To address this, the government modified the Budget proposal. Under the amended rules, the ‘loan repayment’ income must be deducted from the cost of acquisition at the time of unit sale. For instance, if a unit was purchased at 500, sold after 3 years at 600, and received 70 as ‘loan repayment’ during the holding period, the capital gains would be calculated based on a reduced cost of 430, resulting in capital gains of 170, not 100.

It is important to note that this capital gains tax treatment for the ‘loan repayment’ component is not a permanent change. It will be in effect until the total ‘loan repayment’ income received by the unit holder is equal to the initial cost of acquisition. After this threshold is reached, the ‘loan repayment’ will be treated as ‘income from other sources’ once again, attracting tax at slab rates.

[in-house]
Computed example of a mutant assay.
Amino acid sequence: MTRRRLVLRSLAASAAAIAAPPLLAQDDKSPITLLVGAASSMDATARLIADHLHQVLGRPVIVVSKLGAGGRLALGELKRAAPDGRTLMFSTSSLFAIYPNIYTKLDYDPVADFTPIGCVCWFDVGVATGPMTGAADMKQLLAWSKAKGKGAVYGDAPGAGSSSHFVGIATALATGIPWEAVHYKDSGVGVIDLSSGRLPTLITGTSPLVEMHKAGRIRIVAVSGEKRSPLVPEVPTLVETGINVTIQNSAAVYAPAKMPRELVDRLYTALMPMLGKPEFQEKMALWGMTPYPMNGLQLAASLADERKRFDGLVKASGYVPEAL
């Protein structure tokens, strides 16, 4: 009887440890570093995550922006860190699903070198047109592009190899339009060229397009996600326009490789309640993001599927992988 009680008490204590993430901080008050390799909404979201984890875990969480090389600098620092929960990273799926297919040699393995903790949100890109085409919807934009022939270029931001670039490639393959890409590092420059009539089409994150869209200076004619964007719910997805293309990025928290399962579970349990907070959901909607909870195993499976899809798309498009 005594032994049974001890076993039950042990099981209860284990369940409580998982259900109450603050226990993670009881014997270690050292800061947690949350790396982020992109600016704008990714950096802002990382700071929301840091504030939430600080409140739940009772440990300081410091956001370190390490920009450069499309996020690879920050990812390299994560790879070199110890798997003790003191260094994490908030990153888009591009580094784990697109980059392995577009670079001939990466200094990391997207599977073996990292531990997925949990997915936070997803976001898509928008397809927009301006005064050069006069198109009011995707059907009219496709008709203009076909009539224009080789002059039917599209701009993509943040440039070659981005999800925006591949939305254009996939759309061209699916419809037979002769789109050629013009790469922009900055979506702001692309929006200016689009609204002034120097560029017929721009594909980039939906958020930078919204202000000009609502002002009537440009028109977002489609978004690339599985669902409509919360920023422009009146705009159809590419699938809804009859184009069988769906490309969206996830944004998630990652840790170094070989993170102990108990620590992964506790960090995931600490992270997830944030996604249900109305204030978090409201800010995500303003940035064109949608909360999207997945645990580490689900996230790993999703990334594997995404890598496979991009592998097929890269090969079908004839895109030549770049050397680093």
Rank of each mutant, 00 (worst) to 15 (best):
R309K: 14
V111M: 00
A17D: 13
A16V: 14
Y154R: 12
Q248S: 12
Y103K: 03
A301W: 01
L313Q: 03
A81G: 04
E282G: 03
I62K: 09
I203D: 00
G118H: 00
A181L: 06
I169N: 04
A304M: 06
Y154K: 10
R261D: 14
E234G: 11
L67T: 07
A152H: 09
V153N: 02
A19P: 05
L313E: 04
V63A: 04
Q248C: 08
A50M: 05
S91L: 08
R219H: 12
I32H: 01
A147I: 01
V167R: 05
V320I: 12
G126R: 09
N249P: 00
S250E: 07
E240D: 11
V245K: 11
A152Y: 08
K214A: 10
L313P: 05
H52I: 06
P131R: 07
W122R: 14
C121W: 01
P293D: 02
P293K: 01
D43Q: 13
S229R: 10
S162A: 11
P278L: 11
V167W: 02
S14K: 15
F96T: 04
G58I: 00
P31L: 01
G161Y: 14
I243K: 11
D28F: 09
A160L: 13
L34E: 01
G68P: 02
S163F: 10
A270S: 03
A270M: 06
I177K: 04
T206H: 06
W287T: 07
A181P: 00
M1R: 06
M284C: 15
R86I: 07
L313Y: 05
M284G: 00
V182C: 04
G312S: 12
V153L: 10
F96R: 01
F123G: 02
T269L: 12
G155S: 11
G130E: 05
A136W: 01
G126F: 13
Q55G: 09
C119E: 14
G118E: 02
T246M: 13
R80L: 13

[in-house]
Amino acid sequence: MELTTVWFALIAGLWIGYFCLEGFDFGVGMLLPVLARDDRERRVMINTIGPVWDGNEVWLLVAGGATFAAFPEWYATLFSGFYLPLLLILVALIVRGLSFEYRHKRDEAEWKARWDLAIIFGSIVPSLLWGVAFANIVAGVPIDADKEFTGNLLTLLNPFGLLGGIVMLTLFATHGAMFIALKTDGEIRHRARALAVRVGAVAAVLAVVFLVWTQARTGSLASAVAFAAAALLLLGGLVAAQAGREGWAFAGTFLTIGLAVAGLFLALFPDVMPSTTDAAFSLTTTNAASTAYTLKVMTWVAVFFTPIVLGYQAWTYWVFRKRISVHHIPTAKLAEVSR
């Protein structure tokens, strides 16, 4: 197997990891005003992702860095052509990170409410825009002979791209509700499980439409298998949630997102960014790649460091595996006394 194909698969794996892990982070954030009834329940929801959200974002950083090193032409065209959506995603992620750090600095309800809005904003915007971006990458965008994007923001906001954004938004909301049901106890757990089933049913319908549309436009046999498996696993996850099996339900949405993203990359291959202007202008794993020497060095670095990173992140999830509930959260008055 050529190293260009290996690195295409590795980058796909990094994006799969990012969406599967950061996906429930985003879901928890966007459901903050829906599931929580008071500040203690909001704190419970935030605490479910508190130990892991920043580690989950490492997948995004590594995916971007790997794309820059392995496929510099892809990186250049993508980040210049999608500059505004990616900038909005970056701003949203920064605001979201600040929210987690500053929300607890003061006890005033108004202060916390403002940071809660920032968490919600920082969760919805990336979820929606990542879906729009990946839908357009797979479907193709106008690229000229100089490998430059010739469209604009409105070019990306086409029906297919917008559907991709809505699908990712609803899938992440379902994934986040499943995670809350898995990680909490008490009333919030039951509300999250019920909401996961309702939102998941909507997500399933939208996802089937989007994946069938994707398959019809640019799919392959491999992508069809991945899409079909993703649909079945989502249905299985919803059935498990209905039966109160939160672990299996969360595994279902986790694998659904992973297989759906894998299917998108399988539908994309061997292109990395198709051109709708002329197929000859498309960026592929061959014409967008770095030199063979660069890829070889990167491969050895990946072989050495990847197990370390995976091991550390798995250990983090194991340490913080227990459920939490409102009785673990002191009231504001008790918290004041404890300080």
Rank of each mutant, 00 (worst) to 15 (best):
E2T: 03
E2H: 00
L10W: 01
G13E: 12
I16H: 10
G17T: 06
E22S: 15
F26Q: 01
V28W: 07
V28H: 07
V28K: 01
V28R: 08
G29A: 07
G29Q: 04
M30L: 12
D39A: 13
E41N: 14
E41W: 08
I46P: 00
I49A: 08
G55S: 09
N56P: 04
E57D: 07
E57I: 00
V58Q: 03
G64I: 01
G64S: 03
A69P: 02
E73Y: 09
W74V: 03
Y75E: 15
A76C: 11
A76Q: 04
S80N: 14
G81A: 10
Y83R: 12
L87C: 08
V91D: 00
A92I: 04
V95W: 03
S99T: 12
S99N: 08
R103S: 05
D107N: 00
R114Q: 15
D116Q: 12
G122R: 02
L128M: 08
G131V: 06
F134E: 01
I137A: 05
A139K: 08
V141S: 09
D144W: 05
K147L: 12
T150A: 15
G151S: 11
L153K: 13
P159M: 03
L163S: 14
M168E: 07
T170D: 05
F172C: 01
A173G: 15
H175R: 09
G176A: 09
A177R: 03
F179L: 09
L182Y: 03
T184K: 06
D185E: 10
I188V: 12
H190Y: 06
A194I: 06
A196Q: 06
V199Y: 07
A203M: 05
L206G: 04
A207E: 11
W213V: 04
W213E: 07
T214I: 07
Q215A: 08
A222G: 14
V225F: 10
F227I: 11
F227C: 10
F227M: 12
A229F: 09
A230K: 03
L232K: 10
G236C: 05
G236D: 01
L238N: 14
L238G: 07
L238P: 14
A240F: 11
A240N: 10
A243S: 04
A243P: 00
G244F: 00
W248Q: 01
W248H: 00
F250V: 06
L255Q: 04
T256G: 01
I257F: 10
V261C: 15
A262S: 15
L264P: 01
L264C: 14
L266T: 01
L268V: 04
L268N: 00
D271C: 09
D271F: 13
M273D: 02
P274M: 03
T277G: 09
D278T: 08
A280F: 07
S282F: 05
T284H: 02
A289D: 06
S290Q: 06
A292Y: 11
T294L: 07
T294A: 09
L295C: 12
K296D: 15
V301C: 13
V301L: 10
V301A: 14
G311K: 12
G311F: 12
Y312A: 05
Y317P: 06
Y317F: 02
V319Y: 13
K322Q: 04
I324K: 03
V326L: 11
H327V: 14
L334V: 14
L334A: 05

Investors, say experts, need not be concerned about the recent tax changes regarding ‘loan repayment’ income from InvITs and Reits, as it would take around 15 to 20 years for these changes to have a substantial impact.